, 356 (210 SE2d 845
) (1974). (Emphasis from original.) Accord Epps Air Svc. v. DeKalb County, 147 Ga. App. 195
, 196 (248 SE2d 300
The appellees rely upon this court's recent decisions in Bright v. Food Giant, 177 Ga. App. 641 (340 SE2d 272) (1986)
, and Newman v. Ruby Tuesday, Inc., 184 Ga. App. 827 (363 SE2d 26) (1987)
, as authority for the proposition that where a defendant in a "slip and fall" case moves for summary judgment and offers evidence tending to establish that he had no actual knowledge of the presence of the alleged hazard, the burden shifts to the plaintiff to come forward with evidence which either creates a factual dispute on that issue or tends to show that the defendant at least had constructive knowledge of the presence of the hazard. However, the plaintiff, as respondent on motion for summary judgment, cannot properly be called upon to offer proof of actionable constructive knowledge on the part of the defendant until the defendant, as movant, has come forward with evidence tending to negate the existence of such knowledge. To the extent that Bright v. Food Giant, supra, and Newman v. Ruby Tuesday, hic., supra, may be read as authority altering this burden of proof on motion for summary judgment, they are hereby overruled; and the grant of summary judgment to defendant Roehm in this case is hereby reversed.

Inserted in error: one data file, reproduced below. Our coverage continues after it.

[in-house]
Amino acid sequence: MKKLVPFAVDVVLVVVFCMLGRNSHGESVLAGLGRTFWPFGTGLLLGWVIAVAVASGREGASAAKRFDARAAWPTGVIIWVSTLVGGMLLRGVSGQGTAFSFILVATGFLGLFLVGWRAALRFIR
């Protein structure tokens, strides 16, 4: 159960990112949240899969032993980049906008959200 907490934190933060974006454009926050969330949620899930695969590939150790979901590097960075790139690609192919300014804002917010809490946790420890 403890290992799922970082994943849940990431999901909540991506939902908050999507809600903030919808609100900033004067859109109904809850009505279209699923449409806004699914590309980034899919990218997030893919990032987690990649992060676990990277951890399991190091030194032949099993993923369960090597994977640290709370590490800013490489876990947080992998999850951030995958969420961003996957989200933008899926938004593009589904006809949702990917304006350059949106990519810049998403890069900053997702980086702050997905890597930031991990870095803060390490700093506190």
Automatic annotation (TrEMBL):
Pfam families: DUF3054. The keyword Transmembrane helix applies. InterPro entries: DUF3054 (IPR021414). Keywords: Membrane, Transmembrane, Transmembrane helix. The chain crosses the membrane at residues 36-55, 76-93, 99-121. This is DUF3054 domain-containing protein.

BENHAM, Judge, concurring in part and dissenting in part.
Although I concur with the affirmance of the judgment in favor of Singletary, and agree with the majority that Roehm's lack of actual knowledge of any hazard was established by the record, I cannot agree that the evidence did not establish a lack of constructive knowledge as well. It is not enough to look only at the affidavit of one of the defendants and say that the affidavit does not establish a lack of constructive knowledge. We must look also at the deposition of Shiver. It is established there that the floor appeared to be clear and dry. Shiver walked past the same spot on the way to the rest room without any problem, but fell on his way back. If the hazard came to be on the floor after he had passed, but before he returned, a time established by Shiver as two or three minutes, it can hardly be said that it was there long enough for Roehm to be charged with knowledge of its existence.